global ecological systems. Foreigners want to know that Canada's forests are managed
sustainably; similarly, Canadians value and are concerned about the status of forests in
other parts of the world. The Canadian forest-based industry recognizes that foreign and
domestic consumers want reassurance that their consumption is not contributing to
environmental and ecosystem degradation, and desire trustworthy information about Canadian
forest practices. One response to this new consumer demand is the industry's participation
in efforts to develop certification standards for wood and paper products of sustainably
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The Canadian wood and paper industries must remain globally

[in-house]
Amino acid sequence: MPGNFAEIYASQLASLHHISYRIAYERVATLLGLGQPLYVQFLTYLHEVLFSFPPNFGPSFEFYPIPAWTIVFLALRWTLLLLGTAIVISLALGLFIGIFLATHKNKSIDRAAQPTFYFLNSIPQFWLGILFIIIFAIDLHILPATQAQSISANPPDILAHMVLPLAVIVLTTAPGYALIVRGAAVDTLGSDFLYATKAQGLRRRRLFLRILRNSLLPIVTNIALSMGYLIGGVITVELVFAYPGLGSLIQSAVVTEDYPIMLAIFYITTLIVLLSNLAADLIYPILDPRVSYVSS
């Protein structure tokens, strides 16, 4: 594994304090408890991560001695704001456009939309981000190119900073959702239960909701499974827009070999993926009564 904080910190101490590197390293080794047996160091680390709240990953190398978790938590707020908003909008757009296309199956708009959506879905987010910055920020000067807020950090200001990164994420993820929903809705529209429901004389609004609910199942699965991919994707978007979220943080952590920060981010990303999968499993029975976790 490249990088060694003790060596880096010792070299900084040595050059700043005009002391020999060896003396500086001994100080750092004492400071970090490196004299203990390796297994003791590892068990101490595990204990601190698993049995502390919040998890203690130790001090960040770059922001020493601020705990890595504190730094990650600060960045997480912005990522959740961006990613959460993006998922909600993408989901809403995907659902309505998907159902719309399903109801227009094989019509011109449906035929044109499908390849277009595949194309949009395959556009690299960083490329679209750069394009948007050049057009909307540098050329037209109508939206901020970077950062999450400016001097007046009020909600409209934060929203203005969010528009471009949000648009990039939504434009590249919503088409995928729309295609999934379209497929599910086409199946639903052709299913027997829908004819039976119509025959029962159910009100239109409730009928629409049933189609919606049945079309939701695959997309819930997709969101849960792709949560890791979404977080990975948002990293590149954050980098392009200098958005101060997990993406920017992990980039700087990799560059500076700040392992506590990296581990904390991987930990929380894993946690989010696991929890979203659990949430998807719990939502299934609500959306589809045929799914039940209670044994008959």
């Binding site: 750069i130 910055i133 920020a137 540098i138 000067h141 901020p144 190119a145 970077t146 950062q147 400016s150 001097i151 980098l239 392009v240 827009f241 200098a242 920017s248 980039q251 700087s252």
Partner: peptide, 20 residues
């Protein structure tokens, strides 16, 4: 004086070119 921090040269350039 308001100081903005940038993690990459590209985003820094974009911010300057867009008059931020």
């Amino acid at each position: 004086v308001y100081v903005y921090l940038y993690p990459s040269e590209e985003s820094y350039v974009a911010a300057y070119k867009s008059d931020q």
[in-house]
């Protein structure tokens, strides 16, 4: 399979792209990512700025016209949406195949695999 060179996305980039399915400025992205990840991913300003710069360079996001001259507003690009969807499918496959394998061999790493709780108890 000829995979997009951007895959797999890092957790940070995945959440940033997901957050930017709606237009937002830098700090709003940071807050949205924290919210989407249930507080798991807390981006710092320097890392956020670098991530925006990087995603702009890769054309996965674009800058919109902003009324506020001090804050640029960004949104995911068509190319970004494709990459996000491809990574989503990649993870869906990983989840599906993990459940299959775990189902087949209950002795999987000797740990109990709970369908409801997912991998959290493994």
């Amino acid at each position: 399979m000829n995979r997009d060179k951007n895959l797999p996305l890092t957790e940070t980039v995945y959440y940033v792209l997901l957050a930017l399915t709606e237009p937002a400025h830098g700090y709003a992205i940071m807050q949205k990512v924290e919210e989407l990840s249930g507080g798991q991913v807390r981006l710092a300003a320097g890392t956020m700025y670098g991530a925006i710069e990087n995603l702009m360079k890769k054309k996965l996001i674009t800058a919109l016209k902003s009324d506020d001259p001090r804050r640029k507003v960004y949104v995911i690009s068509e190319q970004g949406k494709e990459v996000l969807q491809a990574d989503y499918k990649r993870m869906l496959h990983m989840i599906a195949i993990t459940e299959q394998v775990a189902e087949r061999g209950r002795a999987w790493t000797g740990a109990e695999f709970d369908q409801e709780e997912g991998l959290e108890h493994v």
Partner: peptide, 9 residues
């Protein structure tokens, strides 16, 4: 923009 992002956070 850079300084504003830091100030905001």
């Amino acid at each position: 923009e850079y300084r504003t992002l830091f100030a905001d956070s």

competitive with the major timber-producing regions in the world.
The future competitiveness of Canadian firms in the timber and
other forest products will depend on the ability of industry and government to respond to
competitive pressures in the domestic and international markets, changes in wood supply,
and implementation of sustainable forest management and on an institutional environment
conducive to long-term investment.
A healthy and diversified forest-based economy contributes
significantly to the social, spiritual, cultural and environmental well-being of Canadian
With trustworthy information about Canadian forest practices
and assurances that forests are managed sustainably, consumers will express their
environmental preferences through the market place.